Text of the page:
Gordon Brown has announced that a new labelling system for media content is in the works, designed to help parents protect their children from dodgy digital content.
The idea is that a system similar to cinema classifications would be introduced to classify content on websites, video games, TV shows and other media content.
Backed by industry regulator Ofcom, Brown intoned that the system would offer practical help to parents concerned about their little darlings being exposed to new media outlets seemingly stuffed to the brim with violent imagery, drugs and hot, hot sex.
Commenting on the veritable torrent of filth that virtually seeps out of every child’s PC as soon as they connect to the web, Brown said that it is an “issue we must address with practical proposals to address the challenges we face.”
“We want to promote a culture which favours responsibility and establishes boundaries: limits of what is acceptable and unacceptable.”
“We can’t and shouldn’t seek to turn the clock back on technology and change. Rather we need to harness new technology and use it to enable parents to exercise the control they want over the new influences on their children,” he added.
As part of the scheme, Ofcom will introduce common labelling standards covering cinema, TV, radio, computer games and the internet.
These will be backed up by an awareness campaign advising parents about content filtering software for PCs, and information about TV set top boxes which can limit what can and cannot be seen by little Timmy and Tabatha.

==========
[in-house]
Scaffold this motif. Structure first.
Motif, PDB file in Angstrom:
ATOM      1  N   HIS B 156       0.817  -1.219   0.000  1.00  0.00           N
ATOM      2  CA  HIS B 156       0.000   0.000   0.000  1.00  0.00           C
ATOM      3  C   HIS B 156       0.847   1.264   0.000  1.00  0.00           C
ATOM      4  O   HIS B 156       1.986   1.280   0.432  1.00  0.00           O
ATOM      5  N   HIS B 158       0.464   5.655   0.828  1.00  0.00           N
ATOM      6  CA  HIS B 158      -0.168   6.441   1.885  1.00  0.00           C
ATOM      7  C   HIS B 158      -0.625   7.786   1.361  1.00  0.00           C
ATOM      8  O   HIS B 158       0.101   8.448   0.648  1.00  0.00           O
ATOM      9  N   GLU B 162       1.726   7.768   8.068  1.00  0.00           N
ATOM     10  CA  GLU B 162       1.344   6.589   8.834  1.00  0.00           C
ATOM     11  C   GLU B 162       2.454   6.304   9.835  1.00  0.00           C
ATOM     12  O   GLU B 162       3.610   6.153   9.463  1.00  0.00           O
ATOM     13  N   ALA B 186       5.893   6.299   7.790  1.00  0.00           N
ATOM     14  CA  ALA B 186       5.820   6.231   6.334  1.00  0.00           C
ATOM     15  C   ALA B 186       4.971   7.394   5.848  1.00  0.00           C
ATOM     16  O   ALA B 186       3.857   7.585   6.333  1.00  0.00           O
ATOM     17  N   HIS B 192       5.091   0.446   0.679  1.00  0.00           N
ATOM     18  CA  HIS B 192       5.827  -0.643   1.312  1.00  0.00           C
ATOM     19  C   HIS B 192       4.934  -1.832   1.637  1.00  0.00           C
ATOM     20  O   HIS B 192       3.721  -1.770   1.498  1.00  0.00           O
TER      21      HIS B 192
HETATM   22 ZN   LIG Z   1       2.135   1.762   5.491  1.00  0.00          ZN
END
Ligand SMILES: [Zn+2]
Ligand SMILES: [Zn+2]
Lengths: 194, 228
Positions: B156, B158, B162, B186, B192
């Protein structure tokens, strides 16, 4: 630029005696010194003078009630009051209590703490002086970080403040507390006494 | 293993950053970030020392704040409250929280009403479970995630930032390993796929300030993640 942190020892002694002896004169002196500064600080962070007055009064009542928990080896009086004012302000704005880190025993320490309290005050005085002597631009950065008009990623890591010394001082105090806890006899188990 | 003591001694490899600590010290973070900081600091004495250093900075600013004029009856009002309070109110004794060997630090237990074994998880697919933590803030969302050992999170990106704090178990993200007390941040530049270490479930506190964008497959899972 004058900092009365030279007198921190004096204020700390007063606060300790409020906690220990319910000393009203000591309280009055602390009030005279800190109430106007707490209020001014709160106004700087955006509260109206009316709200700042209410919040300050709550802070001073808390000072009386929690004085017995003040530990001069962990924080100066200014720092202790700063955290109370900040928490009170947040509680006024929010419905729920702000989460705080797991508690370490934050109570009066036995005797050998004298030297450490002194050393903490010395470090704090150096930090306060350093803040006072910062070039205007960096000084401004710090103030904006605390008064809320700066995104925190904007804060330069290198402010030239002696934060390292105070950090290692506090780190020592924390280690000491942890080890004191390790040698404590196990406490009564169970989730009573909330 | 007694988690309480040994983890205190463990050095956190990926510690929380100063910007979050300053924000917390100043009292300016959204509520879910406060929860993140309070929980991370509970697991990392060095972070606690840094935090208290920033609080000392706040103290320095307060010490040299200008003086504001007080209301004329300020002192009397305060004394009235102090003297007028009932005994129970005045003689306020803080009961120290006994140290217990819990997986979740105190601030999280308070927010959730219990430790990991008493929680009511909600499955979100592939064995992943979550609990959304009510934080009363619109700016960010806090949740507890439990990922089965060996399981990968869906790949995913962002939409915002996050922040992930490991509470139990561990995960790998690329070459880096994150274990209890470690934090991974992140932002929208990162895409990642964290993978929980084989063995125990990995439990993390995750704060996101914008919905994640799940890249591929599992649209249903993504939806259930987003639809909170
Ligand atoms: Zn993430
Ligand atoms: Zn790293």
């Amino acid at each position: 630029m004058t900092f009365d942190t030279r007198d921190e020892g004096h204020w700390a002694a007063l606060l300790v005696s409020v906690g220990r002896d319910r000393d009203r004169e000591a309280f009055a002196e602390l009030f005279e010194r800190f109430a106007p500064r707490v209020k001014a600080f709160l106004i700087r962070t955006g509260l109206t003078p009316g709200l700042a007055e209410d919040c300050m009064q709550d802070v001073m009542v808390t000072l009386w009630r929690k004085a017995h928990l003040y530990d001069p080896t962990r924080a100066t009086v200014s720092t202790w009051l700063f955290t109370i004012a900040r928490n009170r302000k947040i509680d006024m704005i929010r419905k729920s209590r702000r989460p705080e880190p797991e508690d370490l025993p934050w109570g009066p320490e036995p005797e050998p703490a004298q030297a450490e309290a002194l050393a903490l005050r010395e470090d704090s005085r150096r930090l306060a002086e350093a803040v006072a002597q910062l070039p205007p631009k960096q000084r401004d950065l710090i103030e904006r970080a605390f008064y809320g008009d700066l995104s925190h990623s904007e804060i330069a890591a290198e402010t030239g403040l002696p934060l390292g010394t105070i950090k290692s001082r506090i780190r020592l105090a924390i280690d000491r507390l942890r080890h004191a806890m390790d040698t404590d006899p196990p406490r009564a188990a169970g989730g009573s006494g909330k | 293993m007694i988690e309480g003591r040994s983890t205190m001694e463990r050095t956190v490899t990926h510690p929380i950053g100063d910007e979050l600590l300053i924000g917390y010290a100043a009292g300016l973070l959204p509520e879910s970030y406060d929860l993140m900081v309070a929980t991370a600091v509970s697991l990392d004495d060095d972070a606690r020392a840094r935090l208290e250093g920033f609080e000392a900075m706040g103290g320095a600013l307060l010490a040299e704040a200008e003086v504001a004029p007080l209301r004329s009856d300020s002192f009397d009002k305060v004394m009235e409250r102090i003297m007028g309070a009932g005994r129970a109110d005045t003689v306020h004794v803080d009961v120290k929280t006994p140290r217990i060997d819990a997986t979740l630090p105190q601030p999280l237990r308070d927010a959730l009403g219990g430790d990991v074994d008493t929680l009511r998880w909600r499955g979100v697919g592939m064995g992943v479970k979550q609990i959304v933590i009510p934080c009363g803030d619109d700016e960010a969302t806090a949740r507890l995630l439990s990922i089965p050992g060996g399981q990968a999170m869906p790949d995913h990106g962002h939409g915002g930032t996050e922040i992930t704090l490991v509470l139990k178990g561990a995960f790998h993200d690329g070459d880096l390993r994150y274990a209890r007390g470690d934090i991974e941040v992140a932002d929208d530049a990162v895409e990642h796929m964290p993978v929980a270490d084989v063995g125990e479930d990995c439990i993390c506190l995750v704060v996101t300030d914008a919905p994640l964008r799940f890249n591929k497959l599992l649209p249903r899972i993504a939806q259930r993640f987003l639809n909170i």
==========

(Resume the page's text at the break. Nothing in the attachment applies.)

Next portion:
Brown added that they’ll also be looking at persuading technology manufacturers to provide better information on software to block content unsuitable for children, as well as investigating new methods to restrict access to saucy and violent content shared over the t’web.
Brown recognised that it’s a fat look of good trying to implement restrictions on just a national scale, pointing out that agreements need to be struck at the international level.
“We need to support all those broadcasters and providers doing a huge amount and of course we need to recognise there are global markets where we need international agreement,” he said, somewhat understating the importance of worldwide standards.
Of course, many companies and public institutions already use web filtering software but their methods can often resemble a 300 ton sledgehammer cracking a dwarf-sized peanut.
Scunthorpe. Arsenal. And Sex
The denizens of Scunthorpe and fans of Arsenal football club have already famously fallen foul of none-too-smart naughty word blockers, and many sites have complained about being blocked for the most spurious of reasons, with very little chance of retribution.
Some sites about UK counties have also found themselves banned from libraries and internet cafes because the word ‘sex’ has appeared in their domain name – even though the sites are about subjects as unerotic as Sussex, Essex and Wessex.
More about word filtering mistakes here: The Scunthorpe Problem